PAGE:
The rodeo went well, attracting more than 1,000 people on Saturday night and about 550 on Sunday, Solomon said.
"They ran a nice quick show," he said of the group contracted to host the rodeo. As in previous years, the fair hired contractor Ike Sankey for the 2004 Great Northern Fair.
Despite a good turnout, the fair still lost money on the event, Solomon said.
"We haven't figured it all out, but we're definitely behind," he said, adding that the rodeo would have to sell out both nights for the fair to break even.
That prompted fair board members to discuss raising ticket prices or hiring a different rodeo contractor.
It is possible that another contractor would be less expensive and be able to host the rodeo on different nights, Solomon said. Ideally, it would be switched to Friday and Saturday, so that the demolition derby could be held on Sunday to draw bigger crowds, Solomon said.
"It may be worth looking into other contractors," he told the board.
The fair's free show was a success, with magician Jeff Martin receiving good reviews from both audience and fair board members.
"He definitely was a good entertainer," Solomon said. "We got a lot out of it for what we paid."
In addition to performing throughout the fair, Martin also emceed the fair's first-ever talent show and performed at the Eagles Manor and Boys & Girls Club of the Hi-Line.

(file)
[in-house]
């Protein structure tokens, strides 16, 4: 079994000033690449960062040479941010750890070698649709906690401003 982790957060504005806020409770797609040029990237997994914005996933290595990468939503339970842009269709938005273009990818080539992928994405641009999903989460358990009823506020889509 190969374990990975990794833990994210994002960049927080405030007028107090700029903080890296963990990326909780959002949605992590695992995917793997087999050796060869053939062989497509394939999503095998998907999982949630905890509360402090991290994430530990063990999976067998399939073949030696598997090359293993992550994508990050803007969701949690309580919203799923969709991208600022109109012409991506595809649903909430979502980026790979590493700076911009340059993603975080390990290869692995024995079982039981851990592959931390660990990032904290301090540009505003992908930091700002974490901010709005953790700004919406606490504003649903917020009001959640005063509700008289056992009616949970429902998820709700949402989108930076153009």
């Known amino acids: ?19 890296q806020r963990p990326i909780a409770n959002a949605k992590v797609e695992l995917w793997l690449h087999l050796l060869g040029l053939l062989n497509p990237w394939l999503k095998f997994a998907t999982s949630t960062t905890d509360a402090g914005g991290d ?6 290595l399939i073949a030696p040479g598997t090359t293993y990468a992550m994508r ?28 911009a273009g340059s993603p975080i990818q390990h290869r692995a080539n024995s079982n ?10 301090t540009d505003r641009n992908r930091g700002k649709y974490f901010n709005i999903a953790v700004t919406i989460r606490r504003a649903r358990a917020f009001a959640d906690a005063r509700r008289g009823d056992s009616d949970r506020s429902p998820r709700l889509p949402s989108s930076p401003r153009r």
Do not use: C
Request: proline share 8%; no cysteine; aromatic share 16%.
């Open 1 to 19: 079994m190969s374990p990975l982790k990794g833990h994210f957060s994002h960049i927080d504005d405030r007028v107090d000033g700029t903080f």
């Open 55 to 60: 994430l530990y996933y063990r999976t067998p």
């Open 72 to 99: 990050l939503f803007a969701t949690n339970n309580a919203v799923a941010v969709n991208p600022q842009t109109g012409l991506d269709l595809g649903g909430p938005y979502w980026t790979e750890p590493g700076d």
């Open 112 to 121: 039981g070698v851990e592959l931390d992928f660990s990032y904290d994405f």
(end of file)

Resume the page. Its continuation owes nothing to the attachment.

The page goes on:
A new event, a sand dragging and dirt bike competition called Motor Mania, also went well, fair board members said.
"After the trucks started and you could hear those engines, you could just see people flock to it," said board member Lynn Dolphay.
Solomon said he expects Motor Mania to do well next year because audiences will know what to expect.
The demolition derby and school displays also were successful, according to board members.
"We had a few teachers who hadn't displayed in a while and a few new ones as well," Seidel said.
The 4-H events went especially well, said fair board member Steve Faber. Not only were the animals well-behaved, but they also brought in more money than in previous years, he said.
Sunday "was the icing on the cake," he said, as the sale of animals grossed more than $133,000, compared with $97,000 last year.
Faber attributed the success to the fact that swamp coolers were brought in to keep the barn cool, and that the sales went quicker than in previous years.
During Tuesday's meeting, fair board members were asked to consider allowing FAA groups to hold animal judging and showmanship events during the fair. Numerous 4-H groups participate each year, but the fair does not include any FAA-sanctioned events.
Big Sandy teacher Bud Robinson said expanding the events to include FAA youngsters would allow more youths to participate and generate more revenue for the fair. Robinson said FAA groups from Great Falls, Conrad, Shelby, Malta and Chinook would likely attend the event.
"It will bring in more income and make the fair that much bigger," he said. "It will help the community because a lot of them will probably be staying the night. Bringing in all those extra kids for that day would really boost the booths and the carnival."
The fair board took no action on Robinson's request, and told him to present the idea to the Livestock Board during its September meeting.